Obstetric Ultrasound: Tips for Sharing Outcomes With Your Patient

“Are you comfortable? Am I pressing too hard?” I ask my patient these questions to assuage my own concerns and delay the inevitable as I study the ultrasound image of her 20-week-old fetus. Although she says she’s fine, my patient appears expectant and anxious as she, too, searches the black and white image of her unborn child. I wonder, of course, if she sees what I see—a cleft lip and palate.

If you’ve conducted ultrasounds for routine evaluation of your obstetric patients, you know that patients and their partners typically experience a mix of emotions, namely joy and worry, as they await results. You know, too, that delivering positive results is a pleasure as you share in your patient’s happiness and relief. In all likelihood, you also are relieved at escaping the discomfort of delivering bad news to your patient.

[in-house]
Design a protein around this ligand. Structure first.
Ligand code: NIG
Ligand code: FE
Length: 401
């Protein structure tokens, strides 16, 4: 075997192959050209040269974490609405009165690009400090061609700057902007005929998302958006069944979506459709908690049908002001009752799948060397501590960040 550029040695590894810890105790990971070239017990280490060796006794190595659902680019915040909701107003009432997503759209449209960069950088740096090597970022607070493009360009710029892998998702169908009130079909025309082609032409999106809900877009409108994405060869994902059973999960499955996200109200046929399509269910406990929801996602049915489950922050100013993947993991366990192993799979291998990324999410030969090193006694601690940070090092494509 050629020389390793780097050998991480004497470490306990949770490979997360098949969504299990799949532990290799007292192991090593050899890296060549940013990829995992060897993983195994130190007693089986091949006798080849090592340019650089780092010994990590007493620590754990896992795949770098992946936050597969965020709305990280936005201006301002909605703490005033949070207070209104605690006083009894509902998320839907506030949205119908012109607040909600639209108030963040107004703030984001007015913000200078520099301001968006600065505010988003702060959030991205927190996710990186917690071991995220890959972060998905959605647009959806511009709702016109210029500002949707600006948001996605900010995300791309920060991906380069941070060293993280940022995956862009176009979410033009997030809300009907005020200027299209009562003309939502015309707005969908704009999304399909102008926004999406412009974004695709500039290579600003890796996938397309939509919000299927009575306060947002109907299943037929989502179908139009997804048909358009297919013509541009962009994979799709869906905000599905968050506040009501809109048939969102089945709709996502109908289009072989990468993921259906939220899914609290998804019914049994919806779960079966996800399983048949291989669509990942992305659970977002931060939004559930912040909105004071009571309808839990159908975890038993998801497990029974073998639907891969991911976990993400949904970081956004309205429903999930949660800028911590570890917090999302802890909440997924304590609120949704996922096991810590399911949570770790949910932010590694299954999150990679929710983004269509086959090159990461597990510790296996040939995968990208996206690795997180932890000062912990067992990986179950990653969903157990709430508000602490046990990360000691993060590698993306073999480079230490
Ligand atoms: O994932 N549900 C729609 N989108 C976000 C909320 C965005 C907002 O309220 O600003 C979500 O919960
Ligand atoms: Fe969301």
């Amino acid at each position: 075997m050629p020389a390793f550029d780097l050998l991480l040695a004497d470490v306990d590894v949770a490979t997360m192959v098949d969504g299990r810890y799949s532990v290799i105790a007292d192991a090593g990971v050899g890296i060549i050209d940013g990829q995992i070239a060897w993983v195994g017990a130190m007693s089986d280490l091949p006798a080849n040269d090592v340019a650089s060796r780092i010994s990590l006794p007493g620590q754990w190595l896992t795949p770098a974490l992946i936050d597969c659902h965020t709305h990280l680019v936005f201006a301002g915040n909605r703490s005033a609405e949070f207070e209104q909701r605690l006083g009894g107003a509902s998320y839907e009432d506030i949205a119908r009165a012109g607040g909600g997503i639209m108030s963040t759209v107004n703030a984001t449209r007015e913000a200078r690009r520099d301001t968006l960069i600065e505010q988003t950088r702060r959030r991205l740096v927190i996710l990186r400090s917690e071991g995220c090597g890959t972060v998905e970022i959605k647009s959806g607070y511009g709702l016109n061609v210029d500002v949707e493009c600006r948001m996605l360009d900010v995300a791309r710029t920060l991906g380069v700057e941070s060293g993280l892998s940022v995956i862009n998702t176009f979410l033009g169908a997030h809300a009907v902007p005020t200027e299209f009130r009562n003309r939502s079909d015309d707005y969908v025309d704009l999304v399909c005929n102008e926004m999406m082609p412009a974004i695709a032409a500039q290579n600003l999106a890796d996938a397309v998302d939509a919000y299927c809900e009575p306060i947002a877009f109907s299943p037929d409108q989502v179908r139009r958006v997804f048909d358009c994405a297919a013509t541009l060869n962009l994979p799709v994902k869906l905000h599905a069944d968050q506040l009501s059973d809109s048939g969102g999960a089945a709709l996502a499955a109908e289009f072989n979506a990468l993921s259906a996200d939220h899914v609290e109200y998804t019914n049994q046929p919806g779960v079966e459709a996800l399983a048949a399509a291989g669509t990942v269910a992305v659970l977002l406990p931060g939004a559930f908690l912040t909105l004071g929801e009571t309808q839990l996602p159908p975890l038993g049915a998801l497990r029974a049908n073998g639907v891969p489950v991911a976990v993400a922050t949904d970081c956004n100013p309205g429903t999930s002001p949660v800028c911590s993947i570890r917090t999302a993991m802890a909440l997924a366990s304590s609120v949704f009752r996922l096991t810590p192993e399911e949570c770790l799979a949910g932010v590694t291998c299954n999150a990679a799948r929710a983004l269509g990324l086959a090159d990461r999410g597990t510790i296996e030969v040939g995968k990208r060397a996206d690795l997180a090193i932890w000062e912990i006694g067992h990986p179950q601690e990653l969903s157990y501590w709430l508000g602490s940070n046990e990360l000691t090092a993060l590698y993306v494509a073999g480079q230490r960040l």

Dr and patient

Delivering Abnormal Ultrasound Results

Telling your patient about any pregnancy or fetal abnormality, however common or rare, can be devastating for her, her husband/partner, and her family. After all, every patient wants to know her pregnancy is progressing as expected and her fetus is developing normally. It also can be difficult for you to tell your patient there is a problem. But as a practitioner, you must be prepared to deliver all results, good and bad, to your patients.

A key to delivering abnormal results to your patient includes knowing and using phrases that clearly and honestly apprise your patient of the results without stirring alarm.

Sound easy? It’s not! Even the most seasoned practitioners suggest they never become comfortable giving patients abnormal results.